Tuesday, March 06, 2012

History of Roman slavery

Brit classicist Mary Beard runs one of the world's liveliest historyblogs, a unique blend of elite gossip, personal disclosure, and enthusiastic scholarship. She's also no slouch at the review essay. This one is devoted to the strangeness of slavery in Rome, and the failure of historians to account for it:
If we were to take the evidence of surviving tombstones at face value (and most are much simpler and much less loquacious than the baker’s tomb), the vast majority of the free inhabitants of the metropolis were of slave origin. Leaving aside a few aristocratic commemorations and those of slaves themselves, roughly three-quarters of the people recorded on epitaphs from Rome are almost certainly ex-slaves, and most of the rest are probably their direct descendants.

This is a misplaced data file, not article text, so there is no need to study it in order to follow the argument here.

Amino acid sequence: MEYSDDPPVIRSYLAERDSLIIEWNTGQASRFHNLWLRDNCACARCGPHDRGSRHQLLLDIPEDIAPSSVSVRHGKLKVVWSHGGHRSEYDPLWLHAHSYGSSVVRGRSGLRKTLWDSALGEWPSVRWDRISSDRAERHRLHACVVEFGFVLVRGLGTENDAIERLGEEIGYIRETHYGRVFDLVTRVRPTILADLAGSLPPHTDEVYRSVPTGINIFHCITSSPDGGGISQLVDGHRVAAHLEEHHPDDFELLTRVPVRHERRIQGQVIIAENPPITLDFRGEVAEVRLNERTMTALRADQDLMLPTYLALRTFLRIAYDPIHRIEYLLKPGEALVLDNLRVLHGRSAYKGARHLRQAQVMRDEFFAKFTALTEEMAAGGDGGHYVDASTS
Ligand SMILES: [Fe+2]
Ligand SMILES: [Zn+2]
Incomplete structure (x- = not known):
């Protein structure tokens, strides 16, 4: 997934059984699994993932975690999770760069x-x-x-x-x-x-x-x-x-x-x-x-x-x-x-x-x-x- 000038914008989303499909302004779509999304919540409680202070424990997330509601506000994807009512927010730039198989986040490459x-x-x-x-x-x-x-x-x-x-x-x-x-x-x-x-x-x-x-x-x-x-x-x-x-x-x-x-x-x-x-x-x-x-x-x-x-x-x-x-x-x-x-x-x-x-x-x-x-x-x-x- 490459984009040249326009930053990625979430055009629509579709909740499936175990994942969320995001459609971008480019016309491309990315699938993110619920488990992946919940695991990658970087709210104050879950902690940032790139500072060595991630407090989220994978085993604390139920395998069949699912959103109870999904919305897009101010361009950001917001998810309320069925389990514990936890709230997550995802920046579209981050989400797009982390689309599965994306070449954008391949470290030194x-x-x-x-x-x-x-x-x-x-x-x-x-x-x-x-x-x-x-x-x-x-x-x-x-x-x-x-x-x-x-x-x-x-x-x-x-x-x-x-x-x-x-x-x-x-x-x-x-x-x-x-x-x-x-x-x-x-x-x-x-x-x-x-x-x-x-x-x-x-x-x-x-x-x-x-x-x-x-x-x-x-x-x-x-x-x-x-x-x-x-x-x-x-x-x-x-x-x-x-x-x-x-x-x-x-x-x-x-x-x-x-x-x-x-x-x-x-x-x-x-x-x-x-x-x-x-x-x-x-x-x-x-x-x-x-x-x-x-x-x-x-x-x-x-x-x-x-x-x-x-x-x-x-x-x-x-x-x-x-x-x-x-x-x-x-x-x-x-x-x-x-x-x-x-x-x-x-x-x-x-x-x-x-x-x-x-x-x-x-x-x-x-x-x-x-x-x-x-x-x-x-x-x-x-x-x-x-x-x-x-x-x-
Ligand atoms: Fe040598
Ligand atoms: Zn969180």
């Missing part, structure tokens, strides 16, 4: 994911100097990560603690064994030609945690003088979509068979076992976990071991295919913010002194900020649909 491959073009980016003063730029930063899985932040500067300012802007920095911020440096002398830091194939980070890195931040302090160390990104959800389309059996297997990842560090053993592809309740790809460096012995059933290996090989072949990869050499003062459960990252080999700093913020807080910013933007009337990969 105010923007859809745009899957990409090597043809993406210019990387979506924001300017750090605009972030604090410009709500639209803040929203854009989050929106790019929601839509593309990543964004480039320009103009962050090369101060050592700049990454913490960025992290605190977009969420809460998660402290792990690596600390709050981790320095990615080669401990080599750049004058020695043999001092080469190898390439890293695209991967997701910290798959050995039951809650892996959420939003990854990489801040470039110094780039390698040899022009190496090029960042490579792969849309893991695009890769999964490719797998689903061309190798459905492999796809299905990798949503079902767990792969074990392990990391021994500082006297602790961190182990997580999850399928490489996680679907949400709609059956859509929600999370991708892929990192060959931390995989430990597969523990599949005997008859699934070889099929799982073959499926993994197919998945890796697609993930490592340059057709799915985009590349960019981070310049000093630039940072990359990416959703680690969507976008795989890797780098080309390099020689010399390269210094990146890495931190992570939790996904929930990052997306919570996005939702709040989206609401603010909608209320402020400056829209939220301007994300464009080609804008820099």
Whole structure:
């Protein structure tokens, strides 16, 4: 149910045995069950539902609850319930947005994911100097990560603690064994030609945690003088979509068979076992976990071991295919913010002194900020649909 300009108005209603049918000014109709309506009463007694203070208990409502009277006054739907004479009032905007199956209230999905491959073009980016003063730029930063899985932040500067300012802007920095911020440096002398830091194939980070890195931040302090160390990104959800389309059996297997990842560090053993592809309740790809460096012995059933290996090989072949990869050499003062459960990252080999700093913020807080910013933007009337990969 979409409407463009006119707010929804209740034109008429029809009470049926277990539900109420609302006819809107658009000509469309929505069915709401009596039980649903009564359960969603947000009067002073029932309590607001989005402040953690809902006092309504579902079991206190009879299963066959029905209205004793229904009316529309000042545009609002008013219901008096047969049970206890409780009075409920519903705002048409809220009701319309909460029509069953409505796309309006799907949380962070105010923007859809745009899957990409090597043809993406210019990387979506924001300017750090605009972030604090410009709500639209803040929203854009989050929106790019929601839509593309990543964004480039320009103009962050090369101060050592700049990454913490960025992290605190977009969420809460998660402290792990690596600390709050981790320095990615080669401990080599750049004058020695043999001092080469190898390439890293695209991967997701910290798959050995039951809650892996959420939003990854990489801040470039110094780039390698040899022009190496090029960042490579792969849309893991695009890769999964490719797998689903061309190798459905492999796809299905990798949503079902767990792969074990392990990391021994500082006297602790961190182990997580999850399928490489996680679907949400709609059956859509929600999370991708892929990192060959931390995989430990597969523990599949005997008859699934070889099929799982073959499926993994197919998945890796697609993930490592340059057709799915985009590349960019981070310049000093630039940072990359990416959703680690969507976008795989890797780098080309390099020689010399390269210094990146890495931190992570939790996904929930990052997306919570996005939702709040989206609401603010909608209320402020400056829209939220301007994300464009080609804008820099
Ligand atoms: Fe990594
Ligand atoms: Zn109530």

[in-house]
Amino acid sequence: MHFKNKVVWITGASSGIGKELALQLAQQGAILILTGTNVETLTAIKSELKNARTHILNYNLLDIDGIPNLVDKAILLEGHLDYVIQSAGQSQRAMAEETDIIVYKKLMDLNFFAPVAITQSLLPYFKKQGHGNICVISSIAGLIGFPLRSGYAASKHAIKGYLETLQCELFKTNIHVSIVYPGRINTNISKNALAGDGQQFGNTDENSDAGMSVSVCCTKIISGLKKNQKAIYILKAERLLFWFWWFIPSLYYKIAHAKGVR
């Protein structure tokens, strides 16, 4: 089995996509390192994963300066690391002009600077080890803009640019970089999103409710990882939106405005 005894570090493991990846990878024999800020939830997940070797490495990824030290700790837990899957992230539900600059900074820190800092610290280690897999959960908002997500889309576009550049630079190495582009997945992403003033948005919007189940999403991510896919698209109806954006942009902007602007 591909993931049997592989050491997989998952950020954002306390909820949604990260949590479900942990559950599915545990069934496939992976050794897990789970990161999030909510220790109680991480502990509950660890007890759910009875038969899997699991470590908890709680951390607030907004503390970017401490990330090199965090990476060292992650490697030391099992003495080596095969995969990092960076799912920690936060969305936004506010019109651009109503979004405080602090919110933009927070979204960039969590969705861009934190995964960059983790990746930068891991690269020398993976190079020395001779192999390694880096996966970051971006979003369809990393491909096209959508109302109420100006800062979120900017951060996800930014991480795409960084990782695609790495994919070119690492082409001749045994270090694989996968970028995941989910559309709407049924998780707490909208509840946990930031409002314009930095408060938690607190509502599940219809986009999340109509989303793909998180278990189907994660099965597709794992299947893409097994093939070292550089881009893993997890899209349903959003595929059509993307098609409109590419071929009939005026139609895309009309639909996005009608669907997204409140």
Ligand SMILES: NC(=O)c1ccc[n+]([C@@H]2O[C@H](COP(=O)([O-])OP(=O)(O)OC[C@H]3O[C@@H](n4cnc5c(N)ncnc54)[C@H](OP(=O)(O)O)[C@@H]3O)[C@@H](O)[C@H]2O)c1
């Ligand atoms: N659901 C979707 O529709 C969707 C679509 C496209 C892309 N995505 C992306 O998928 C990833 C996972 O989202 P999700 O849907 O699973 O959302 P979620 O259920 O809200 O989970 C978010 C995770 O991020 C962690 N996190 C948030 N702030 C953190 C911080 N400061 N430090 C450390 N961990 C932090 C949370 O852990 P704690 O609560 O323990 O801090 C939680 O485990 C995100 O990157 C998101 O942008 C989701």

Rome, seemingly, was a society where slaves were routinely freed and incorporated into the citizenry, creating for thoughtful historians a "huh?" problem (can slave status ever be treated so casually?), an economic problem (if they freed so many, where did they find the replacements?), and a conceptual problem (Rome was an empire populated by ex-slaves?).
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